Tarantino: I Will Quit Before I Make A Movie Worse Than 'Death Proof'

[caption id="attachment_25785" align="alignleft" width="220"]Quentin Tarantino Getty Images[/caption]

Quentin Tarantino is pretty much on top of the world right now — his last film, "Inglorious Basterds," earned Best Picture and Best Director nominations and his next film, "Django Unchained," is already December's most buzzed-about release — but in a new interview with The Hollywood Reporter, he revealed that he can see the writing on the wall and plans to quit directing sooner rather than later.

The reason? He doesn't want to make a movie worse than "Death Proof."

"Death Proof," of course, was the Tarantino contribution to the experimental 2007 effort "Grindhouse," which paired the shock flick with Robert Rodriguez's "Planet Terror." Tarantino's half featured Kurt Russell as a stunt man serial killer who murders hot women by intentionally crashing his car while they are passengers. Okay, so "Death Proof" isn't exactly a great film, but over the past five years it has picked up a bit of a cult following.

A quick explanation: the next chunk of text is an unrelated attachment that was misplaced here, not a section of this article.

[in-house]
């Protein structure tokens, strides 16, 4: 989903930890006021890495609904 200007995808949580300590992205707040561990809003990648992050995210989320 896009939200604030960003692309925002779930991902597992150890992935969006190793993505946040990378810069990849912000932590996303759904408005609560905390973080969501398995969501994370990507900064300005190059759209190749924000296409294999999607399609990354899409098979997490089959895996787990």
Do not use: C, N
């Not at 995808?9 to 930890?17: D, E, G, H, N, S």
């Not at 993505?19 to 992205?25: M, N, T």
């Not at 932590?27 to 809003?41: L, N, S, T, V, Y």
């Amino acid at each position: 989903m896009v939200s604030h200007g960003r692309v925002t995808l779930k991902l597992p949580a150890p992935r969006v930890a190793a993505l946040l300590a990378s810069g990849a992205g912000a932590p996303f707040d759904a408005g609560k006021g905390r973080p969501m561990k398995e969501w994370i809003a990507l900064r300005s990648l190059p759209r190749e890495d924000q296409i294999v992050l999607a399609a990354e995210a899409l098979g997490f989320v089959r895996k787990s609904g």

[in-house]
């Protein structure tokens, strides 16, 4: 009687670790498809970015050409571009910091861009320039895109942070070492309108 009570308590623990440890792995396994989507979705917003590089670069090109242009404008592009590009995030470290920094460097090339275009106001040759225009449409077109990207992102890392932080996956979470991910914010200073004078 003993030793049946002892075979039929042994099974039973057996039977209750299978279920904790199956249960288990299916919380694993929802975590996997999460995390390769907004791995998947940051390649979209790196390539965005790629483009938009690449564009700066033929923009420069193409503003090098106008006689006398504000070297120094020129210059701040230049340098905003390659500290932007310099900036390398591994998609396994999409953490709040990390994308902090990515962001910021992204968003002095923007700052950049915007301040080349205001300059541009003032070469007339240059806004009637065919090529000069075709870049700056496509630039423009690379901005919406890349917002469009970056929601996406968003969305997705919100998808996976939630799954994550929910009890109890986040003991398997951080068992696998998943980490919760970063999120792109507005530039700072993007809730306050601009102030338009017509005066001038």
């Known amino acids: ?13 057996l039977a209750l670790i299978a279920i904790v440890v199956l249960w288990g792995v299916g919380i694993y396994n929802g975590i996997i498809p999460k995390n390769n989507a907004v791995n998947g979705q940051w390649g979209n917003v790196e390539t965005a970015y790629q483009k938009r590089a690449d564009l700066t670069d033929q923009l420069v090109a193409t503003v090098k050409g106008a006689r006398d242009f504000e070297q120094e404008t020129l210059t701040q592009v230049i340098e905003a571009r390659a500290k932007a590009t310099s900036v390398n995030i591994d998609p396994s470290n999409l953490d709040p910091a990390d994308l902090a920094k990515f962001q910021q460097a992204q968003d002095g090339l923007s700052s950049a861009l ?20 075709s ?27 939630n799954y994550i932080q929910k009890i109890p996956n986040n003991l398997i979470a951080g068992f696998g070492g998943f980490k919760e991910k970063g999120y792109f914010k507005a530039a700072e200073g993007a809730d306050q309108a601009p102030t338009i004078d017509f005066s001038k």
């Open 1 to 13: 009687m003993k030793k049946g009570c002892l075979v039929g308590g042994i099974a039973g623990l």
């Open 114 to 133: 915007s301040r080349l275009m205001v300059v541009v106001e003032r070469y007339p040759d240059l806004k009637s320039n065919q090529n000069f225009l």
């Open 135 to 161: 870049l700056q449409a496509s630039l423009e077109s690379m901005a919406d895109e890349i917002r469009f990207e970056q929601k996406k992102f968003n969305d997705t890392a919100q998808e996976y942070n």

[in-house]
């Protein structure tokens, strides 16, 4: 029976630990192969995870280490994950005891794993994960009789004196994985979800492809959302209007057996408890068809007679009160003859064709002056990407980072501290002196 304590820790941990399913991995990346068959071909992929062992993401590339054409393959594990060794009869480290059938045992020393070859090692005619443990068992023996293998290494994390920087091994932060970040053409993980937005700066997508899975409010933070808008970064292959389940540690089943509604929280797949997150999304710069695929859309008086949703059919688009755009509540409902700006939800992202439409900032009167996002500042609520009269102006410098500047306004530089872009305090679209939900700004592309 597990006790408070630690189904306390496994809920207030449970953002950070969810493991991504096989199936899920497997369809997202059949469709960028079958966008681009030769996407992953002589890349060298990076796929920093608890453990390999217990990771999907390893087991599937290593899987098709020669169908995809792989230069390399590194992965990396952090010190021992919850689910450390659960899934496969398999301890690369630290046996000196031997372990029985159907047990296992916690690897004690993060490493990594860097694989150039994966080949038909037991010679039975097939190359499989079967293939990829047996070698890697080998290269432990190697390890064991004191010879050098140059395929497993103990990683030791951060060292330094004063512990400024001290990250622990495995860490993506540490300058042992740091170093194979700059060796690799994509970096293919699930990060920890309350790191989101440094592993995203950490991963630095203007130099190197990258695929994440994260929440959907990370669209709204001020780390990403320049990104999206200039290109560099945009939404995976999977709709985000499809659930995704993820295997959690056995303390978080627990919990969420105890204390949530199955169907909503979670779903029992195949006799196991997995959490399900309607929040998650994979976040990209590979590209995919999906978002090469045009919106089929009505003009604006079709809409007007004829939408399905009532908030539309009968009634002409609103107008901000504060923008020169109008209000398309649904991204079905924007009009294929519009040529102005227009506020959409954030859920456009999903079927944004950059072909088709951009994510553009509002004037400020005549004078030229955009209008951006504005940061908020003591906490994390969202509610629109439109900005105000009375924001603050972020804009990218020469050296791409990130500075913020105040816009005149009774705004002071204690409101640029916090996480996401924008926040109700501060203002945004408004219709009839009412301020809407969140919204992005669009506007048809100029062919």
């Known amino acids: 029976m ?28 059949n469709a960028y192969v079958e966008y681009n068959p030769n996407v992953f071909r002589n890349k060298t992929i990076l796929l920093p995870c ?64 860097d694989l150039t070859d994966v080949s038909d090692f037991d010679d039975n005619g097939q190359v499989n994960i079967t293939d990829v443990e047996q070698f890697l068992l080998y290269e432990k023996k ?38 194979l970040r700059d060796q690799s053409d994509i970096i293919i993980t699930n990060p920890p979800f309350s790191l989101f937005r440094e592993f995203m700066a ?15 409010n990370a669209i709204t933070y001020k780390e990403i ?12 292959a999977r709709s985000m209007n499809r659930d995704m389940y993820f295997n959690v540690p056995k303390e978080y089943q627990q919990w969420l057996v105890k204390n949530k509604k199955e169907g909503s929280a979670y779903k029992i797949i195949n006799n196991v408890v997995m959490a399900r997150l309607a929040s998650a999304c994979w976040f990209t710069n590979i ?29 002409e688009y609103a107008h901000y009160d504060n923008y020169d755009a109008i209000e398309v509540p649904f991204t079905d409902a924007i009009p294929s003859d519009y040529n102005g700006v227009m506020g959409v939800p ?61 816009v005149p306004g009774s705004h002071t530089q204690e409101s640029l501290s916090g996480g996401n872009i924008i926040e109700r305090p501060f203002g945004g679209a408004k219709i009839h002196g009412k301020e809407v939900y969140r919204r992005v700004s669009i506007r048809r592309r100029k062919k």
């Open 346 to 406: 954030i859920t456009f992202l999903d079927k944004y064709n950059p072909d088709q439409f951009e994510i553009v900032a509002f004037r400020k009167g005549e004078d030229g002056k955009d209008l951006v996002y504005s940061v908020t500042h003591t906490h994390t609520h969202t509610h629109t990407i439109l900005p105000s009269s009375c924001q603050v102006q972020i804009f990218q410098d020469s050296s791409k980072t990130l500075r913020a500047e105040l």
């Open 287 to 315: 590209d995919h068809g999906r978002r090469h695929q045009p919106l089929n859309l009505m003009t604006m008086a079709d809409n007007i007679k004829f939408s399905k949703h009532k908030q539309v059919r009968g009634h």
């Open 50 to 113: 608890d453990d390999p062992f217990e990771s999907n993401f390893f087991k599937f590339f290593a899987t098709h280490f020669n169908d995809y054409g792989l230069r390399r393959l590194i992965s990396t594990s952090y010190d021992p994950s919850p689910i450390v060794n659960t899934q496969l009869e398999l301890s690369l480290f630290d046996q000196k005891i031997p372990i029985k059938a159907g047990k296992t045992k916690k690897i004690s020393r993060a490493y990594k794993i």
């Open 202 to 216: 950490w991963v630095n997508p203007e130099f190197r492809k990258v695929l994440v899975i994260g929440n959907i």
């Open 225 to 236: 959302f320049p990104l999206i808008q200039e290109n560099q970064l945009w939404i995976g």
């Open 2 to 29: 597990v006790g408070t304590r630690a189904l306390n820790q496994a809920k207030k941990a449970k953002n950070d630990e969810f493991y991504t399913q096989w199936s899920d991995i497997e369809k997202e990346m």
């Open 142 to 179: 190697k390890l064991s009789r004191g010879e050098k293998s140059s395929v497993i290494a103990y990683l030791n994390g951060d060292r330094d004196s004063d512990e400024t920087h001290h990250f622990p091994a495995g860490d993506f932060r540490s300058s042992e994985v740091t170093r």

That cult, however, does not apparently include Tarantino himself. The reason? He doesn't want to taint his legacy.

"I don't intend to be a director deep into my old age," Tarantino explained. "To me, it's all about my filmography, and I want to go out with a terrific filmography. 'Death Proof' has got to be the worst movie I ever make. And for a left-handed movie, that wasn't so bad, all right? So if that's the worst I ever get, I'm good. But I do think one of those out-of-touch, old, limp, flaccid-dick movies costs you three good movies as far as your rating is concerned."

So why is Tarantino, a noted film historian, so concerned about his legacy? It's not just ego; he actually hopes his films will help inspire the next generation of filmmakers with his movies.

"It's a grade-point average. I think I risk failure every single time with the movies I do, and I haven't fallen into failure. Risking failure is not what I'm afraid of. Failing is what I'm afraid of," Tarantino said. "I fantasize about another 12-year-old girl or boy, 20 years after I'm dead, seeing one of my movies, liking it. "Who the hell did that?" Seeing another movie, and then whatever they choose from the pile -- 'cause they don't know what's good and what's bad, all right? -- I have to keep their dick hard! I have to keep them wanting to go back for more."

Tarantino: Hollywood's human Viagra. You go, dude.